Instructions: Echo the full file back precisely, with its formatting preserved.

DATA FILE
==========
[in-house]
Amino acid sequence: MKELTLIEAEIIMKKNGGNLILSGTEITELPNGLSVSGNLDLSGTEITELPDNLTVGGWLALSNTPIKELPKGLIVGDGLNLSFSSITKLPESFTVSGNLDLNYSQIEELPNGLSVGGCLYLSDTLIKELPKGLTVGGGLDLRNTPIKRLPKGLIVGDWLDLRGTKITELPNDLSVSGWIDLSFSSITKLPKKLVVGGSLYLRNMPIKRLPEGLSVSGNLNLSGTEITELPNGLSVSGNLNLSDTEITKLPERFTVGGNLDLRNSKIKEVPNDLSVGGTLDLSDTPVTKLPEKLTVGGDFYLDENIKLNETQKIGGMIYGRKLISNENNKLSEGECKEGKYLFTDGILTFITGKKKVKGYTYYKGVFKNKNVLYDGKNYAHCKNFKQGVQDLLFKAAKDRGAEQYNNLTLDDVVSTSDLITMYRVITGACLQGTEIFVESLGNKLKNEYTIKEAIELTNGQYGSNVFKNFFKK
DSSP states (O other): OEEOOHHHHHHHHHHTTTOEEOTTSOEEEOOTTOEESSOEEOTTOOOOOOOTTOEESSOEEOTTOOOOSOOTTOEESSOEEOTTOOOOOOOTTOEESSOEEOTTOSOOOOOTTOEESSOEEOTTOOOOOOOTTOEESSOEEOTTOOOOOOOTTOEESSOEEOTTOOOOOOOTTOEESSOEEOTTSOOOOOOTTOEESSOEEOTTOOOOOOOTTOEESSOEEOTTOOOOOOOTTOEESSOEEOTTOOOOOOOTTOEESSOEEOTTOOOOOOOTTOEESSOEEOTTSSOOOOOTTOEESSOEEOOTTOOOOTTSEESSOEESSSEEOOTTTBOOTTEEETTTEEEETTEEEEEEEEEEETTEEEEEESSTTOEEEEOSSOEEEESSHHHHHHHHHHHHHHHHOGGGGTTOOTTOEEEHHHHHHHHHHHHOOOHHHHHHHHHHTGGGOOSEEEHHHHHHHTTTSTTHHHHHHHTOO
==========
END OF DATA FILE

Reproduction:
[in-house]
Amino acid sequence: MKELTLIEAEIIMKKNGGNLILSGTEITELPNGLSVSGNLDLSGTEITELPDNLTVGGWLALSNTPIKELPKGLIVGDGLNLSFSSITKLPESFTVSGNLDLNYSQIEELPNGLSVGGCLYLSDTLIKELPKGLTVGGGLDLRNTPIKRLPKGLIVGDWLDLRGTKITELPNDLSVSGWIDLSFSSITKLPKKLVVGGSLYLRNMPIKRLPEGLSVSGNLNLSGTEITELPNGLSVSGNLNLSDTEITKLPERFTVGGNLDLRNSKIKEVPNDLSVGGTLDLSDTPVTKLPEKLTVGGDFYLDENIKLNETQKIGGMIYGRKLISNENNKLSEGECKEGKYLFTDGILTFITGKKKVKGYTYYKGVFKNKNVLYDGKNYAHCKNFKQGVQDLLFKAAKDRGAEQYNNLTLDDVVSTSDLITMYRVITGACLQGTEIFVESLGNKLKNEYTIKEAIELTNGQYGSNVFKNFFKK
DSSP states (O other): OEEOOHHHHHHHHHHTTTOEEOTTSOEEEOOTTOEESSOEEOTTOOOOOOOTTOEESSOEEOTTOOOOSOOTTOEESSOEEOTTOOOOOOOTTOEESSOEEOTTOSOOOOOTTOEESSOEEOTTOOOOOOOTTOEESSOEEOTTOOOOOOOTTOEESSOEEOTTOOOOOOOTTOEESSOEEOTTSOOOOOOTTOEESSOEEOTTOOOOOOOTTOEESSOEEOTTOOOOOOOTTOEESSOEEOTTOOOOOOOTTOEESSOEEOTTOOOOOOOTTOEESSOEEOTTSSOOOOOTTOEESSOEEOOTTOOOOTTSEESSOEESSSEEOOTTTBOOTTEEETTTEEEETTEEEEEEEEEEETTEEEEEESSTTOEEEEOSSOEEEESSHHHHHHHHHHHHHHHHOGGGGTTOOTTOEEEHHHHHHHHHHHHOOOHHHHHHHHHHTGGGOOSEEEHHHHHHHTTTSTTHHHHHHHTOO